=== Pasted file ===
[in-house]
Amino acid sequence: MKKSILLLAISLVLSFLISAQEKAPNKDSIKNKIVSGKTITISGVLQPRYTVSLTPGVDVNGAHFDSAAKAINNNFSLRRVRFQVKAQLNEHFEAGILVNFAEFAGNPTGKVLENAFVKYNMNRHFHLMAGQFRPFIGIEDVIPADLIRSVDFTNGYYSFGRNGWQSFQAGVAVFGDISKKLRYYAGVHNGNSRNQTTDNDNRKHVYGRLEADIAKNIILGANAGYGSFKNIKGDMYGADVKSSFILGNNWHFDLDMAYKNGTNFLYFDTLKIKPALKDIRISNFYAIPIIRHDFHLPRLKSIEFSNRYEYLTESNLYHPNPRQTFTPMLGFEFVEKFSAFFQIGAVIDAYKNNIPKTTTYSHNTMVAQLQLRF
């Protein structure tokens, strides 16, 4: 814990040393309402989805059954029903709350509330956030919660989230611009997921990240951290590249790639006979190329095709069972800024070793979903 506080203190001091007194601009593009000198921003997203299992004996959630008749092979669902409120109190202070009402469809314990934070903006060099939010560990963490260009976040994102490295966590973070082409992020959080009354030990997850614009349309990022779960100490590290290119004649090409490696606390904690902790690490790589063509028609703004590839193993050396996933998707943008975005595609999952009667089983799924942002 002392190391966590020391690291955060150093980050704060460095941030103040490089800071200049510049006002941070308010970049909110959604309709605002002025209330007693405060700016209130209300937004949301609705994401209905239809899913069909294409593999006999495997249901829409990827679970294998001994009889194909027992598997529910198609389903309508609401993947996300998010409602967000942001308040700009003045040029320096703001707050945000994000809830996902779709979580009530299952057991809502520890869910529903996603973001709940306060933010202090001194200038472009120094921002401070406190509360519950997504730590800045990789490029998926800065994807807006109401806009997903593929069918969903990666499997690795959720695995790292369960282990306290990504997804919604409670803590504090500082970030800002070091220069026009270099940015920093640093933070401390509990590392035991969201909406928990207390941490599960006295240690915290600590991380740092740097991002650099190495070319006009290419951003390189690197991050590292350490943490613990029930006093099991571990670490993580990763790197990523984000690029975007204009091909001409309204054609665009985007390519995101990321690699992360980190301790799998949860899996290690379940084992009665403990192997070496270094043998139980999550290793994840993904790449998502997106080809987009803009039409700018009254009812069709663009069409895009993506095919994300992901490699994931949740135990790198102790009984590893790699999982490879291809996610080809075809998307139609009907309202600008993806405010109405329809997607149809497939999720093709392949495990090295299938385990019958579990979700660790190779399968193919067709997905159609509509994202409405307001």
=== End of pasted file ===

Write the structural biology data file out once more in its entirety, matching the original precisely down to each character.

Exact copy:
[in-house]
Amino acid sequence: MKKSILLLAISLVLSFLISAQEKAPNKDSIKNKIVSGKTITISGVLQPRYTVSLTPGVDVNGAHFDSAAKAINNNFSLRRVRFQVKAQLNEHFEAGILVNFAEFAGNPTGKVLENAFVKYNMNRHFHLMAGQFRPFIGIEDVIPADLIRSVDFTNGYYSFGRNGWQSFQAGVAVFGDISKKLRYYAGVHNGNSRNQTTDNDNRKHVYGRLEADIAKNIILGANAGYGSFKNIKGDMYGADVKSSFILGNNWHFDLDMAYKNGTNFLYFDTLKIKPALKDIRISNFYAIPIIRHDFHLPRLKSIEFSNRYEYLTESNLYHPNPRQTFTPMLGFEFVEKFSAFFQIGAVIDAYKNNIPKTTTYSHNTMVAQLQLRF
């Protein structure tokens, strides 16, 4: 814990040393309402989805059954029903709350509330956030919660989230611009997921990240951290590249790639006979190329095709069972800024070793979903 506080203190001091007194601009593009000198921003997203299992004996959630008749092979669902409120109190202070009402469809314990934070903006060099939010560990963490260009976040994102490295966590973070082409992020959080009354030990997850614009349309990022779960100490590290290119004649090409490696606390904690902790690490790589063509028609703004590839193993050396996933998707943008975005595609999952009667089983799924942002 002392190391966590020391690291955060150093980050704060460095941030103040490089800071200049510049006002941070308010970049909110959604309709605002002025209330007693405060700016209130209300937004949301609705994401209905239809899913069909294409593999006999495997249901829409990827679970294998001994009889194909027992598997529910198609389903309508609401993947996300998010409602967000942001308040700009003045040029320096703001707050945000994000809830996902779709979580009530299952057991809502520890869910529903996603973001709940306060933010202090001194200038472009120094921002401070406190509360519950997504730590800045990789490029998926800065994807807006109401806009997903593929069918969903990666499997690795959720695995790292369960282990306290990504997804919604409670803590504090500082970030800002070091220069026009270099940015920093640093933070401390509990590392035991969201909406928990207390941490599960006295240690915290600590991380740092740097991002650099190495070319006009290419951003390189690197991050590292350490943490613990029930006093099991571990670490993580990763790197990523984000690029975007204009091909001409309204054609665009985007390519995101990321690699992360980190301790799998949860899996290690379940084992009665403990192997070496270094043998139980999550290793994840993904790449998502997106080809987009803009039409700018009254009812069709663009069409895009993506095919994300992901490699994931949740135990790198102790009984590893790699999982490879291809996610080809075809998307139609009907309202600008993806405010109405329809997607149809497939999720093709392949495990090295299938385990019958579990979700660790190779399968193919067709997905159609509509994202409405307001």